Home Limited GovernmentIncreasing the minimum wage is bad economics and fundamentally immoral  

Increasing the minimum wage is bad economics and fundamentally immoral  

 

Increases to the minimum wage have long been held as an article of faith among progressives, which is why Democrats are currently trying to impose a $15 minimum wage hike across the country via their ludicrously large $1.9 trillion COVID-19 spending bill.

 

What does more than doubling the federal minimum wage from $7.25 to $15 have to do with providing businesses financial relief from oppressive lockdowns or helping to procure and distribute more vaccines to those most vulnerable to the virus?

 

Nothing, of course.

 

But, as Obama’s chief of staff Rahm Emanuel once declared, “You never want a serious crisis to go to waste.”

 

So here we are today, with Bernie Sanders – who is now, unbelievably, chairman of the Senate Budget Committee and the loudest proponent of a so-called “living wage” – admitting that he’s dispatched a “room full of lawyers” to pressure the Senate parliamentarian into allowing a $15 minimum wage provision to move forward through a process known as “reconciliation.”

 

“Reconciliation” allows Democrats to circumvent the filibuster and pass final legislation with a simple majority. 

 

We’ll know soon if the Senate parliamentarian will capitulate to these demands. Yet even if she doesn’t, Bernie and Co. are wasting no time framing this issue for future political fights.

 

Would you be shocked to learn those fights involve casting their opponents as racists?

 

“Raising the minimum wage to a living wage is not just about economic justice – it is about racial justice,” the Vermont senator tweeted. He included a video featuring black Americans discussing how little they earn per hour. “The reality is that you cannot talk about racial equity until we have this $15-hour minimum wage,” groused one activist. “It is what people want. It is what justice demands,” added Bernie.

 

This rhetoric, however, is not a good-faith argument. In fact, it’s no argument at all, but rather a pungent potpourri of caustic accusations. There are plenty of reasons to oppose legislation that arbitrarily inflates the cost of labor…while the country’s still reeling from a global pandemic.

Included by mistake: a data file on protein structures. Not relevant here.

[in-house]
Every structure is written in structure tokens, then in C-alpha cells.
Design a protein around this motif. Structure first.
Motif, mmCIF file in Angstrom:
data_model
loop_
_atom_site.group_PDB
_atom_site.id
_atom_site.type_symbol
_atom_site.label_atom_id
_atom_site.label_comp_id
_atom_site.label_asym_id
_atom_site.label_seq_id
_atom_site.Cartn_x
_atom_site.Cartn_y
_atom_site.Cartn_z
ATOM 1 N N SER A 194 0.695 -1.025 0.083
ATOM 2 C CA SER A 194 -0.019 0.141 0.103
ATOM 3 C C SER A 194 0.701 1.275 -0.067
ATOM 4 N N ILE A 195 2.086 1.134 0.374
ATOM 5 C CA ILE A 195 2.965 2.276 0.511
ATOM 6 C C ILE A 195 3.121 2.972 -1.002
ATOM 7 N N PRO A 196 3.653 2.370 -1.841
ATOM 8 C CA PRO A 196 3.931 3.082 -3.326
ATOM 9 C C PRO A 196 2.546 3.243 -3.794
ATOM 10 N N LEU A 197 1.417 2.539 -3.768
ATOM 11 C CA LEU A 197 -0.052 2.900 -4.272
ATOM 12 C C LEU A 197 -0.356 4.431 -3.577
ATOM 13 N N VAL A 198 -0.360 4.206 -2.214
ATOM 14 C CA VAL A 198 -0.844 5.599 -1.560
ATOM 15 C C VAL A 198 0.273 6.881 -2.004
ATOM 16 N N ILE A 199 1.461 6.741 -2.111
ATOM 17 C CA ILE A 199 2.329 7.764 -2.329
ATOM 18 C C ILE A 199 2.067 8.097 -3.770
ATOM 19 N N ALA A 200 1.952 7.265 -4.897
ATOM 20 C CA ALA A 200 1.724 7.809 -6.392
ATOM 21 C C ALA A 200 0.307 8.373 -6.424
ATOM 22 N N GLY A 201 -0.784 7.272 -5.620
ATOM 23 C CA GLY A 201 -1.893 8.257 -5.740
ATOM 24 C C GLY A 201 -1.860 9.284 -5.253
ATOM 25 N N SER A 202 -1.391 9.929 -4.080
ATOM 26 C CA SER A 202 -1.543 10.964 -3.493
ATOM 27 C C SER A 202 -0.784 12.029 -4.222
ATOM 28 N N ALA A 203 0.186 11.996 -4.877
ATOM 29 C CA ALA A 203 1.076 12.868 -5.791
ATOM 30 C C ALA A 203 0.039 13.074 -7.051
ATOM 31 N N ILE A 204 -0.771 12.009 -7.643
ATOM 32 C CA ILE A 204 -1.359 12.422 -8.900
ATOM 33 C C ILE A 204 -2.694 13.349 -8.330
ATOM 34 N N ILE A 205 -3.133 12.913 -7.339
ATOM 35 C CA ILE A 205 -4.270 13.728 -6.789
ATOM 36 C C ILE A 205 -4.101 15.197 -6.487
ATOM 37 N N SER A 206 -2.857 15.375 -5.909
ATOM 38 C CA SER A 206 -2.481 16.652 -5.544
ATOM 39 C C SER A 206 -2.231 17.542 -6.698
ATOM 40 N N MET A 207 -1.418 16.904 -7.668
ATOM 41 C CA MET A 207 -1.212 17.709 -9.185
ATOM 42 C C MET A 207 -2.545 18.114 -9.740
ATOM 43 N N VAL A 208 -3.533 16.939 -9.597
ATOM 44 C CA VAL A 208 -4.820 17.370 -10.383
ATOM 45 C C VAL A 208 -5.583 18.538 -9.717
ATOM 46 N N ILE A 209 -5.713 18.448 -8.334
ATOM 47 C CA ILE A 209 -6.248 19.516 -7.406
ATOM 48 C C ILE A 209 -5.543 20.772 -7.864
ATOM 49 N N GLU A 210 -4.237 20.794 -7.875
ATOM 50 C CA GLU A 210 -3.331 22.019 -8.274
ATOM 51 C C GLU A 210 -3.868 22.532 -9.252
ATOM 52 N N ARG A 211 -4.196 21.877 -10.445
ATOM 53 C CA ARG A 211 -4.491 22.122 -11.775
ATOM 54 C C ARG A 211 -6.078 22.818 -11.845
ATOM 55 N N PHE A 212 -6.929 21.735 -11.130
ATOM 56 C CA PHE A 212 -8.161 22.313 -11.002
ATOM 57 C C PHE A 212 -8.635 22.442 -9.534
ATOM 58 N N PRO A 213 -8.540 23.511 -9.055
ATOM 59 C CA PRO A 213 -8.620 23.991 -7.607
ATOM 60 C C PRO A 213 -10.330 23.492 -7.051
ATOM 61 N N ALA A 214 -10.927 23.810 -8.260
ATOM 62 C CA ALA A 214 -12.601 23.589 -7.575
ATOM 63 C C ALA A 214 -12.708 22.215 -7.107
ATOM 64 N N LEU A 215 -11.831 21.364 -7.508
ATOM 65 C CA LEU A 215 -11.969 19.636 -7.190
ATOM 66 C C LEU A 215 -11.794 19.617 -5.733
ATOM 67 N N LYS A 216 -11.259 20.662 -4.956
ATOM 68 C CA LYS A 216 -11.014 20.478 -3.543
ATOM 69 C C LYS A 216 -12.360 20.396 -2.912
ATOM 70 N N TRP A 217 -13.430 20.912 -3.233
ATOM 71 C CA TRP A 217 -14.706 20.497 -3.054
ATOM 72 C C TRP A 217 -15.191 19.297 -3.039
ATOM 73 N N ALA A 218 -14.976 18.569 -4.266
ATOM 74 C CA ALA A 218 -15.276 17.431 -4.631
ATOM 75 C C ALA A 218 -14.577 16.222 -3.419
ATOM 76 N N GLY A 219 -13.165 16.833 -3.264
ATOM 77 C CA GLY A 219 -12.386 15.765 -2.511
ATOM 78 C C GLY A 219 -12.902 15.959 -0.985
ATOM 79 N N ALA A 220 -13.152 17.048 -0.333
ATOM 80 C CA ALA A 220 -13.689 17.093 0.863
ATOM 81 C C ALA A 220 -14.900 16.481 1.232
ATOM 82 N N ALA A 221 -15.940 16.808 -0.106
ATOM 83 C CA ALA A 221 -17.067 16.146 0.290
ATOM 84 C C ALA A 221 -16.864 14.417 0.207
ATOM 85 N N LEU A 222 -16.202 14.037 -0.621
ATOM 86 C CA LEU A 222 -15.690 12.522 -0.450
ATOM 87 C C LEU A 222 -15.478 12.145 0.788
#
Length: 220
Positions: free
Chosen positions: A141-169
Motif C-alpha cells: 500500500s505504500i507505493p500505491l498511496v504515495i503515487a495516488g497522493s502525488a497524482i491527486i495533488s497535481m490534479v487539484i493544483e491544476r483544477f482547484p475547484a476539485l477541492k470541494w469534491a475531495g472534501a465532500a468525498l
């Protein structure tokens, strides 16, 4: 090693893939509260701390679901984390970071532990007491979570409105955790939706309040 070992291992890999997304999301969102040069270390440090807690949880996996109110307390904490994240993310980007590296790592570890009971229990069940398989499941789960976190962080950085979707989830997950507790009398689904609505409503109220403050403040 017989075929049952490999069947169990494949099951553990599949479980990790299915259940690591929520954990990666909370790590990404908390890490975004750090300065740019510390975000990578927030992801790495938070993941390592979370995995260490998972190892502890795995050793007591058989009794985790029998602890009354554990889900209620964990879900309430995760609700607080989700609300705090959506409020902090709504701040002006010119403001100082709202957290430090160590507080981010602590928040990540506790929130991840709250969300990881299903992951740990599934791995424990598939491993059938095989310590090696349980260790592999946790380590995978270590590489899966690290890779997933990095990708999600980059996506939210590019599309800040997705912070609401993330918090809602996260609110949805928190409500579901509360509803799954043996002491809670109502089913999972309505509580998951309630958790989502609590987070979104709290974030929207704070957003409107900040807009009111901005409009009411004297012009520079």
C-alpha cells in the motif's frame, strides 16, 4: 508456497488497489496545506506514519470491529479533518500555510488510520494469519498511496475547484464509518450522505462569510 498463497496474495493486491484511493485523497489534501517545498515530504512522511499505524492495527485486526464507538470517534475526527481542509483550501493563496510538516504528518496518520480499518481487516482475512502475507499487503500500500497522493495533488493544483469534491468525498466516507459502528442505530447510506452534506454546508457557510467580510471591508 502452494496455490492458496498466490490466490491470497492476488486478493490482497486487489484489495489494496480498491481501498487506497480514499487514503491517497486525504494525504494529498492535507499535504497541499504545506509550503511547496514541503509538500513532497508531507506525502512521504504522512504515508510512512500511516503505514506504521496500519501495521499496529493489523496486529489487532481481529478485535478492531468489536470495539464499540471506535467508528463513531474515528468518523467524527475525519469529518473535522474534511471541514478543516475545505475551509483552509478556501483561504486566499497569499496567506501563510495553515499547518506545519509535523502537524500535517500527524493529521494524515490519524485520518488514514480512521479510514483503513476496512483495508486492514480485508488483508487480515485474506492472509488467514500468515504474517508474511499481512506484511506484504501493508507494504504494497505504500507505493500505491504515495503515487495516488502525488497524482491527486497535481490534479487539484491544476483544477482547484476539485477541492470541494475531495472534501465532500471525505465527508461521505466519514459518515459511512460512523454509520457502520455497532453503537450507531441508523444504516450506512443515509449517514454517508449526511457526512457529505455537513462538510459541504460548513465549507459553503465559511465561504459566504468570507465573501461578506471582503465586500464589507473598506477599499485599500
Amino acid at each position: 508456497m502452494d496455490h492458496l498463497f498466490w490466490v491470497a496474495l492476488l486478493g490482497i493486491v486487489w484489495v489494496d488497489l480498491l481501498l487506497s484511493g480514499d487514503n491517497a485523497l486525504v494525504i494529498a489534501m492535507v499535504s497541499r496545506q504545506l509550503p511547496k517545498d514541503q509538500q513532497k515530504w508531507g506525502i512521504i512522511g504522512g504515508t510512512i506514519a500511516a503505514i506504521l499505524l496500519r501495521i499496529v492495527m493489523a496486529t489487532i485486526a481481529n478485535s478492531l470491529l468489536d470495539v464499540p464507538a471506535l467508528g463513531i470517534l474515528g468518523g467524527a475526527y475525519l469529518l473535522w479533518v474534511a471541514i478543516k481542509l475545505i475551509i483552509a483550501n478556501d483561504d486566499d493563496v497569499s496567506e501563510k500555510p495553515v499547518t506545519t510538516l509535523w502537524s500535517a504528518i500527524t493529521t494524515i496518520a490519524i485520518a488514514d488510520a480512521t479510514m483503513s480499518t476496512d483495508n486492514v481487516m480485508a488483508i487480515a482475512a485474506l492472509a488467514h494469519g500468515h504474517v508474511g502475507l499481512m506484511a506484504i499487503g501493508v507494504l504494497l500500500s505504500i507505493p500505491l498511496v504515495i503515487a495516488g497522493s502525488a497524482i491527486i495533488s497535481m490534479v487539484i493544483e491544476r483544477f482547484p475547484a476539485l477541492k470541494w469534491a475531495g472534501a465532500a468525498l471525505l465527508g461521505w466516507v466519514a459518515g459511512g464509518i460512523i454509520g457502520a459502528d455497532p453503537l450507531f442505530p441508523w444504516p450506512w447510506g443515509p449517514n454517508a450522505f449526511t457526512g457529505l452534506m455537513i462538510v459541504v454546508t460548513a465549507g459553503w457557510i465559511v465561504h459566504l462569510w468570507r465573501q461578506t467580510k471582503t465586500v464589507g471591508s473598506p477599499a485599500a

It doesn’t make you a racist or against civil rights, as Bernie suggests. To the contrary, it makes you economically literate and rightfully aware that a politician’s good intentions in theory can turn out terrible in practice.

 

And that’s what we should be focused on: the real-world consequences of Bernie’s proposed legislation, not the grandiose guarantees about that legislation.

 

The debate surrounding the minimum wage, in many ways, illustrates the fundamental disconnect between what progressives promise and what is actually delivered. In reality, the people they claim to help are, far too often, the ones being hurt.

 

Consider this: the demographic most negatively impacted by hiking the minimum wage happens to be… young black males. Turns out that for every 10 percent increase in the minimum wage, the employment prospects for black men between the ages of 16 and 24 plunge by 6.5 percent. That’s what economists William Even and David Macpherson concluded after studying the labor market effect of minimum wage mandates levied by individual states and the federal government.

 

How’s that for “racial justice”?

 

Which brings us to a question that Bernie and his Bros. should answer:

 

How many more young black men must be denied entry into the labor market because of the Democrat Party’s good intentions?

 

Regardless of how many emotional appeals are generated in front of the cameras, minimum wage jobs are not designed for adults who are the sole breadwinners in their households. Even where those examples do exist, they are the exception, not the norm.

 

Minimum wage jobs are designed for young people who have no professional skills… but need an opportunity to learn valuable life lessons as they enter the workforce for the first time. These lessons include punctuality, office etiquette, and commitment… while earning some cash for their efforts.

 

My first job was at 14-years-old. I was a busboy. The hours were long and, if the restaurant was empty, I earned less than the minimum wage because we were dependent on tips. That arrangement was an acceptable tradeoff to me because, frankly, I had nothing of great value to offer any employer as a teenager. So I cleaned off dirty tables and ensured patrons had plenty of water to drink and bread to eat.

 

In the end, the experience I gained interacting with customers and colleagues and reporting to a boss was far more valuable than the money I squirreled away when the restaurant was packed and the tips were flowing.